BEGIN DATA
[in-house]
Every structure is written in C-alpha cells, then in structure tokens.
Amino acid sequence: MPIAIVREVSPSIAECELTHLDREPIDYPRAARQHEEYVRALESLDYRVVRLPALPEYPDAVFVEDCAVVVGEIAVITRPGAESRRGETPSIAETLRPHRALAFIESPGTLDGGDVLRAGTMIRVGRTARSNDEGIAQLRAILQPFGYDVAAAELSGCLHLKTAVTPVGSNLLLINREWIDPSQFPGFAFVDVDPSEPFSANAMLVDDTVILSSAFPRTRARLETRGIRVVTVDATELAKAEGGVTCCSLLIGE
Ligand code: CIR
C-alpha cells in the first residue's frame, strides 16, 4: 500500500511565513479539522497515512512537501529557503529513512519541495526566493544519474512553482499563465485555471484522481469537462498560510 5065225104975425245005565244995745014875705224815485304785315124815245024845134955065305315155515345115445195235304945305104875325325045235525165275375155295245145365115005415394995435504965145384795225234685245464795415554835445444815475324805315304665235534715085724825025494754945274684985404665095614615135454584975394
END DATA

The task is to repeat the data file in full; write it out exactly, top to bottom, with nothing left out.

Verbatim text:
[in-house]
Every structure is written in C-alpha cells, then in structure tokens.
Amino acid sequence: MPIAIVREVSPSIAECELTHLDREPIDYPRAARQHEEYVRALESLDYRVVRLPALPEYPDAVFVEDCAVVVGEIAVITRPGAESRRGETPSIAETLRPHRALAFIESPGTLDGGDVLRAGTMIRVGRTARSNDEGIAQLRAILQPFGYDVAAAELSGCLHLKTAVTPVGSNLLLINREWIDPSQFPGFAFVDVDPSEPFSANAMLVDDTVILSSAFPRTRARLETRGIRVVTVDATELAKAEGGVTCCSLLIGE
Ligand code: CIR
C-alpha cells in the first residue's frame, strides 16, 4: 500500500511565513479539522497515512512537501529557503529513512519541495526566493544519474512553482499563465485555471484522481469537462498560510 5065225104975425245005565244995745014875705224815485304785315124815245024845134955065305315155515345115445195235304945305104875325325045235525165275375155295245145365115005415394995435504965145384795225234685245464795415554835445444815475324805315304665235534715085724825025494754945274684985404665095614615135454584975394